Fourth Congress of the Communist International - Resolutions 1922

Resolution on the Egyptian Socialist Party

Source: Published in Toward the United Front: Proceedings of the Fourth Congress of the Communist International, 1922 (, pp. 946-947.
Translation: Translations by John Riddell
HTML Markup: David Walters & Andy Blunden for the Marxists Internet Archive, 2018
Copyright: John Riddell, 2017. Republished here with permission.

After a number of meetings, the commission came to the following conclusion:

1. The report presented to the commission of the delegate of the Socialist Party of Egypt is sufficient evidence that this party is a significant revolutionary movement that is in agreement with the broad movement represented by the Communist International.

2. However, the commission considers it necessary to postpone the affiliation of the Socialist Party of Egypt until:

a. The party has excluded certain undesirable elements.

b. The party has called a congress at which an attempt will be made to bring back into the Socialist Party of Egypt Communist forces now outside the party who want to accept the Twenty-One Conditions of the Communist International.

c. The party has changed its name to ‘Communist Party of Egypt’.

3. The Socialist Party of Egypt is instructed to convene a congress to this end soon, and in any case not later than 15 January 1923.


Fourth Congress of the Communist International - Resolutions 1922

The Educational Work of the Communist Parties

Published: in Toward the United Front: Proceedings of the Fourth Congress of the Communist International, 1922 (, pp. 1191-1193.

Developing Marxist educational work is an essential task of all Communist parties. The goal of this work is to raise the capacity of all party members and functionaries for education, organisation, and struggle. Functionaries must receive not only a general Marxist schooling but also the knowledge and abilities necessary for their specialised fields of work.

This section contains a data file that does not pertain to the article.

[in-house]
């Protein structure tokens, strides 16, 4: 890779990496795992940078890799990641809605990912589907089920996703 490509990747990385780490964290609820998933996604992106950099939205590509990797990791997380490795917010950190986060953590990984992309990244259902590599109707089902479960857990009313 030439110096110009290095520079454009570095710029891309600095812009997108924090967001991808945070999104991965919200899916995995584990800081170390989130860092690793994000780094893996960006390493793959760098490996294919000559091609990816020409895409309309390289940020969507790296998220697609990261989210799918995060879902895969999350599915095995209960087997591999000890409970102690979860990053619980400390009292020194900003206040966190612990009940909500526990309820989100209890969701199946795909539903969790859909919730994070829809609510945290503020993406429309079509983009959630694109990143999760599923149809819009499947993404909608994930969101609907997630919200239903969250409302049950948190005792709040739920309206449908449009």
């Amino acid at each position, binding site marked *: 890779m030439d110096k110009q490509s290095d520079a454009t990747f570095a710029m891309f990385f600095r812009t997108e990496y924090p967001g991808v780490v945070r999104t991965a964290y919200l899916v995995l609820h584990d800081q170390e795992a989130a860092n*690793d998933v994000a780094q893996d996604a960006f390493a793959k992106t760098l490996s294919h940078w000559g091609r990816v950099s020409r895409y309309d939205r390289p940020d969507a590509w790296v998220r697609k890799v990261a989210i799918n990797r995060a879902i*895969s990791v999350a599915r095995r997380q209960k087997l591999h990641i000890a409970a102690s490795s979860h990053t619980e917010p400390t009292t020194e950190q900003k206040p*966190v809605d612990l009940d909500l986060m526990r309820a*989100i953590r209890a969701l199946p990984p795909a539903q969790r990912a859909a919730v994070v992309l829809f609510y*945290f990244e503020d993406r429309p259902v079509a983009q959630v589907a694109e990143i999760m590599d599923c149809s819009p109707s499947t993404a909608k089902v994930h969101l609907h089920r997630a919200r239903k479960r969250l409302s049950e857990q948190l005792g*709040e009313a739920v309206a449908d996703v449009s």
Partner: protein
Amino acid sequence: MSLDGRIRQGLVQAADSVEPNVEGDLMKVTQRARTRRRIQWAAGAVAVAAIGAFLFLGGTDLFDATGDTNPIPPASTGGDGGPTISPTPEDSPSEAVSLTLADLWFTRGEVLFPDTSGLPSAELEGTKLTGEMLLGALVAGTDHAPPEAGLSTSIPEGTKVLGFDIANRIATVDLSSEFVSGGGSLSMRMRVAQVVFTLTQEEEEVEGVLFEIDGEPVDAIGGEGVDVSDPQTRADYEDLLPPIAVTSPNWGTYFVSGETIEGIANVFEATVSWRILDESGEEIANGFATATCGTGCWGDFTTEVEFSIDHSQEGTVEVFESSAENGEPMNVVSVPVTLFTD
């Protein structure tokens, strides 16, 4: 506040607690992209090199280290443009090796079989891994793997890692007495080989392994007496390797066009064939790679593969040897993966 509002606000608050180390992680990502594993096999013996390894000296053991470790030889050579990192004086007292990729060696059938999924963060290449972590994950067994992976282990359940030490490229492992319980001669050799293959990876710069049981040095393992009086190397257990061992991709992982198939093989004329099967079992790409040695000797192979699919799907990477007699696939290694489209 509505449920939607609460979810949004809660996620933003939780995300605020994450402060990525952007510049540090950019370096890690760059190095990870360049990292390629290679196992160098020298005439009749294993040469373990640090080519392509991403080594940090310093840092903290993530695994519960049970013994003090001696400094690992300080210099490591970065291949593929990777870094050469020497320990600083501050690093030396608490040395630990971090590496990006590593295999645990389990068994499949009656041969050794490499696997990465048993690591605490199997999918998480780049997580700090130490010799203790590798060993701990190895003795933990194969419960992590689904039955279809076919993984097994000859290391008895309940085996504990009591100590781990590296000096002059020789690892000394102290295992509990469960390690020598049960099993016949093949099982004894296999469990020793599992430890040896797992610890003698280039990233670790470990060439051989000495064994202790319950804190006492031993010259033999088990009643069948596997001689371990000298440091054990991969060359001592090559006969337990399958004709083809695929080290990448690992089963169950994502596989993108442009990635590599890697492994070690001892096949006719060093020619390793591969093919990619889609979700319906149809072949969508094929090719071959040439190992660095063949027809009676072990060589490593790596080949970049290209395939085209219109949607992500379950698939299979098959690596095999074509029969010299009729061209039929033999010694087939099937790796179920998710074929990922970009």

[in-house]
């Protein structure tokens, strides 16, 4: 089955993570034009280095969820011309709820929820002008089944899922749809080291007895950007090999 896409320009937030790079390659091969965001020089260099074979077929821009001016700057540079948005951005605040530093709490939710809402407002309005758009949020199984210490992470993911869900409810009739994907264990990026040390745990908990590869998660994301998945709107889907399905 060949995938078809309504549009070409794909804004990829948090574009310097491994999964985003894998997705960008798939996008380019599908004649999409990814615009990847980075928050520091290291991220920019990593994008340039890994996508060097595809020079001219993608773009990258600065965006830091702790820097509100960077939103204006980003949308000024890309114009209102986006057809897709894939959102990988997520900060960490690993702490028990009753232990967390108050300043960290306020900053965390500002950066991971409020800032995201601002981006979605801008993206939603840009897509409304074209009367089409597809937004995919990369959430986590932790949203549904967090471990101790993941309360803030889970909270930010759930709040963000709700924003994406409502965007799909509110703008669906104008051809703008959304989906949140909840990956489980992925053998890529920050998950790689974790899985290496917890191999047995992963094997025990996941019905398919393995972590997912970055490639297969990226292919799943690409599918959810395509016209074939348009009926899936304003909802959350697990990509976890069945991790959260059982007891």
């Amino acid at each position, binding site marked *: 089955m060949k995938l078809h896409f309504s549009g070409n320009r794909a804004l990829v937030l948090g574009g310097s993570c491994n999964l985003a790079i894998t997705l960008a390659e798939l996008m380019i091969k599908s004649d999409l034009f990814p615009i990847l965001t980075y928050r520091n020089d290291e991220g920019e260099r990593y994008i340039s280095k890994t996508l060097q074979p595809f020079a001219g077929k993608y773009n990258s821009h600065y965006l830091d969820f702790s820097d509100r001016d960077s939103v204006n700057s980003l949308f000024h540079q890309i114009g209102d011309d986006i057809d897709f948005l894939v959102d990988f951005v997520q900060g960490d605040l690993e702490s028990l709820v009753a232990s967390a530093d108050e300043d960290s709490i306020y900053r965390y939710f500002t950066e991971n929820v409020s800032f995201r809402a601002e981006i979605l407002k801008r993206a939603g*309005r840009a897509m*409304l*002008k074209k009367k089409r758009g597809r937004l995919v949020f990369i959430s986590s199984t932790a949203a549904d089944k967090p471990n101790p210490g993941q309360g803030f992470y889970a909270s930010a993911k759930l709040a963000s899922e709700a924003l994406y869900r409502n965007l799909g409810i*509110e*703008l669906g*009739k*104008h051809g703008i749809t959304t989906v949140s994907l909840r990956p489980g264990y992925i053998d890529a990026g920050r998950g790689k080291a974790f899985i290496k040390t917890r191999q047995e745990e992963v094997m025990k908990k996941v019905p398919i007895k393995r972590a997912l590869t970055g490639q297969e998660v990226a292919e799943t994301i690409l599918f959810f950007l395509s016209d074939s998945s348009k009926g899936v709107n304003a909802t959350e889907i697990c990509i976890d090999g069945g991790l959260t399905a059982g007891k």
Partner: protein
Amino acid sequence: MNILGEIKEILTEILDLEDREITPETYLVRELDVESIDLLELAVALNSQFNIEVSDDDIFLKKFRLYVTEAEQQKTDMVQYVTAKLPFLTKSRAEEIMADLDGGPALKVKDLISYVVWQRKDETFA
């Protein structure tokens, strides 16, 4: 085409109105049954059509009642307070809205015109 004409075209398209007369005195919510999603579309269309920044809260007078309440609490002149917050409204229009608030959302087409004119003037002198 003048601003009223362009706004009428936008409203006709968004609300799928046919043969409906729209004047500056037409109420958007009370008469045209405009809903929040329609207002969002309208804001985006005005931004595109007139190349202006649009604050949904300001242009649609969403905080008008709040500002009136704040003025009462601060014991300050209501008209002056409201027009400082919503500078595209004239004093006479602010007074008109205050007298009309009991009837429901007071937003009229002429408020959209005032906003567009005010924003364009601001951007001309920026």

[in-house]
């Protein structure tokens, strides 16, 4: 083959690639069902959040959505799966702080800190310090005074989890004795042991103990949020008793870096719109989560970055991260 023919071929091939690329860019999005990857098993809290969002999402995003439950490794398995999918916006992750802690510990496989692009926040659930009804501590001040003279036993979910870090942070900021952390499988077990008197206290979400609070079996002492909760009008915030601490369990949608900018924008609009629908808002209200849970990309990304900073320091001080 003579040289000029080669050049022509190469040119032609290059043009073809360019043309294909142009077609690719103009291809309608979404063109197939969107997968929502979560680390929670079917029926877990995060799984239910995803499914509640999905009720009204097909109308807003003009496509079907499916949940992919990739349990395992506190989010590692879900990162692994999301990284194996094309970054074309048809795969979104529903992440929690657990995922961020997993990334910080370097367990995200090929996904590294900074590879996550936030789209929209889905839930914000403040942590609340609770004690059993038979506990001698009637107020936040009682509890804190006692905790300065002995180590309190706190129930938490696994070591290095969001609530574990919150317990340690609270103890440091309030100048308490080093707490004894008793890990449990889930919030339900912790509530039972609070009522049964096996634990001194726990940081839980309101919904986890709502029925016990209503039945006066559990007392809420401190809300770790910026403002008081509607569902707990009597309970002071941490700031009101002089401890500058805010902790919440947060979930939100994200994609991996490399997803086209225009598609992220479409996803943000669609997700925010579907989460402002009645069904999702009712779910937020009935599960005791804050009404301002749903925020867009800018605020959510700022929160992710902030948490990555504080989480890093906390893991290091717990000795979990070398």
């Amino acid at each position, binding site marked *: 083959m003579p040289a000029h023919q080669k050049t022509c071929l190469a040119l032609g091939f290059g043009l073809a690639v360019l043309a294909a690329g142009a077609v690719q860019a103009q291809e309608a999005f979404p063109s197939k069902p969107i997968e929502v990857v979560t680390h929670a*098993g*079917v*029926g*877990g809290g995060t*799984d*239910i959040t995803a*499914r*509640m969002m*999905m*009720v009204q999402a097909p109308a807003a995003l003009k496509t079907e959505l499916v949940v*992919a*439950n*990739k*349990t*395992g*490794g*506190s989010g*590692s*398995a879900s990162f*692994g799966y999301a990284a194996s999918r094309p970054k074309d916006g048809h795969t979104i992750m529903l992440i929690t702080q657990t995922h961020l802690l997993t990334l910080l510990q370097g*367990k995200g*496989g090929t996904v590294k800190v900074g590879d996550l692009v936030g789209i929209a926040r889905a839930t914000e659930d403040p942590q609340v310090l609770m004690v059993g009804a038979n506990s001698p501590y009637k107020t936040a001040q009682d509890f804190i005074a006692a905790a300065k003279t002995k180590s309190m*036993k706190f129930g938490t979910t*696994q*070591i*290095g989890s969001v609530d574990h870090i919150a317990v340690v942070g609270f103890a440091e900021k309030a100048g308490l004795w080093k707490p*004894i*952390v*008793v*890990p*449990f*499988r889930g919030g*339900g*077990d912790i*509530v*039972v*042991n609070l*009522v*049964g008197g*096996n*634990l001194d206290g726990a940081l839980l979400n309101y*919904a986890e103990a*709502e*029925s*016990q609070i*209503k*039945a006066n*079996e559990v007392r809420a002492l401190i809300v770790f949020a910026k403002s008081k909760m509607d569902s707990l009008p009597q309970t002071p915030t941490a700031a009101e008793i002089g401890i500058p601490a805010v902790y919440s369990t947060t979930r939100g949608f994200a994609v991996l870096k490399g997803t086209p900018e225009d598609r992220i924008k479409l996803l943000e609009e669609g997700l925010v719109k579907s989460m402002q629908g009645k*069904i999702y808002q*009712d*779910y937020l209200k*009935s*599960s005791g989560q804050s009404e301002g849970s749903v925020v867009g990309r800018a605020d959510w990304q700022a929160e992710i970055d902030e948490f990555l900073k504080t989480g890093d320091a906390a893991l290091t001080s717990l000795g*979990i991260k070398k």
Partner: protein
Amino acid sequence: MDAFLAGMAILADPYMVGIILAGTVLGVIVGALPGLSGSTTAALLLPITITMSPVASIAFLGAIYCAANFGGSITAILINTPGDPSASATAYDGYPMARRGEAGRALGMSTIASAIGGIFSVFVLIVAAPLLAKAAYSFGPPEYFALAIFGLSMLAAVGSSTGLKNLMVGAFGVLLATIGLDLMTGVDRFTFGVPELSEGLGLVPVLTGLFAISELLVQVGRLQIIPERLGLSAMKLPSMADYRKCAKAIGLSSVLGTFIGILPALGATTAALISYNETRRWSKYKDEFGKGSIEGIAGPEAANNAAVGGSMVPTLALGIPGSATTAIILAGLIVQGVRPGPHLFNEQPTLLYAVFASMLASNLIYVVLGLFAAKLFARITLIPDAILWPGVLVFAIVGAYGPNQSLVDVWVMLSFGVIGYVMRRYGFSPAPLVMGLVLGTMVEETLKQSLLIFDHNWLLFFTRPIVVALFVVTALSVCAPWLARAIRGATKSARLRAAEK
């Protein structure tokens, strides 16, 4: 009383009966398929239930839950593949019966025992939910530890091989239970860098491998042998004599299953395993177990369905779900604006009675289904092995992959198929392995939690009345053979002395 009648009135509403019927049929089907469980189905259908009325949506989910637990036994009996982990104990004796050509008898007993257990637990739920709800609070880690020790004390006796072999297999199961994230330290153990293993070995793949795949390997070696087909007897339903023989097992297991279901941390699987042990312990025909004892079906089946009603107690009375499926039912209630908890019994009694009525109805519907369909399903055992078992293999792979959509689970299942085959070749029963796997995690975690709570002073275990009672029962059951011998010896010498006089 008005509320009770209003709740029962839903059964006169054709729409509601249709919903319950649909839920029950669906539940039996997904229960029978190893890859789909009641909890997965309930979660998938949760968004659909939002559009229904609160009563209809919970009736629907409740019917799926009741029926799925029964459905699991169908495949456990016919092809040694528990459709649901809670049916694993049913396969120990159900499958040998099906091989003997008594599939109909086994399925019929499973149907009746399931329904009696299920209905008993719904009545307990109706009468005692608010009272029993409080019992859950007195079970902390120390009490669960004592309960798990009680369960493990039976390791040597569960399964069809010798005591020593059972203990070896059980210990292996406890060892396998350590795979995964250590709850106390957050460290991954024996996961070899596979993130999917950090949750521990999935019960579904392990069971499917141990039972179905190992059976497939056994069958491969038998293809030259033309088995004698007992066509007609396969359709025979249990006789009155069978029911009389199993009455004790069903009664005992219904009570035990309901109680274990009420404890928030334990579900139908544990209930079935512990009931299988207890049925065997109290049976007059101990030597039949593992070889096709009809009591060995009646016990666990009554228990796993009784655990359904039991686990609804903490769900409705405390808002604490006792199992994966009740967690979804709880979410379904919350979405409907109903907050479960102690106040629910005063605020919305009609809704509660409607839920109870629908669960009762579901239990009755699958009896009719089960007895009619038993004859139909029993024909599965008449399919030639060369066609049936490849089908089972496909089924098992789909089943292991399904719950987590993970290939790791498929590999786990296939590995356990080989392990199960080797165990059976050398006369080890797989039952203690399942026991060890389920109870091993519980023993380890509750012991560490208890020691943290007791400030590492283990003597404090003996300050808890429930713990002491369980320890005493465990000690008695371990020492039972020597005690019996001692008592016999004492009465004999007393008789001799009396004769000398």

Communist educational work should be an integral component of the party’s work as a whole. It must absolutely be placed under the control of the central party leadership. In countries where revolutionary workers’ education is carried out predominantly by special organisations outside the Communist Party, this goal should be pursued through the systematic work of Communists in these organisations.

It is desirable to establish an educational secretariat, linked to the party central committee, to take the leadership of the entire educational activity of the party. All the Communist Party members active in general workers’ educational institutions that are not led by the party (worker educational associations, proletarian universities, proletkult,[1] labour colleges, and so on) are subject to the supervision and directives of party organisations.

Communist educational work is carried out by the parties, as circumstances and given conditions permit, by establishing central and local party schools, daytime and evening courses, and the like, by making available travelling teachers and lecturers, by organising libraries, and so on.

The parties are obligated to give material and ideological support to the independent educational work of the Communist youth. Communist youth should be invited to all party educational activities. The revolutionary upbringing of proletarian children should be carried out jointly with the Communist youth. Guidelines for this will be made available by an educational section attached to the ECCI.

An international educational division is being established as part of the ECCI. Its task is above all to further clarify the challenges of Communist educational work, the leadership of party educational work as a whole, and unification of work in the proletarian educational institutions that are outside the party. This task includes collecting and exchanging international experiences; enriching the forms and methods of work in each country; working up and publishing handbooks, manuals, and other material; and settling any special problems that arise in the sphere of educational work in specific countries. The international educational secretariat will also investigate and develop policies on education for the Communist parties and the Communist International.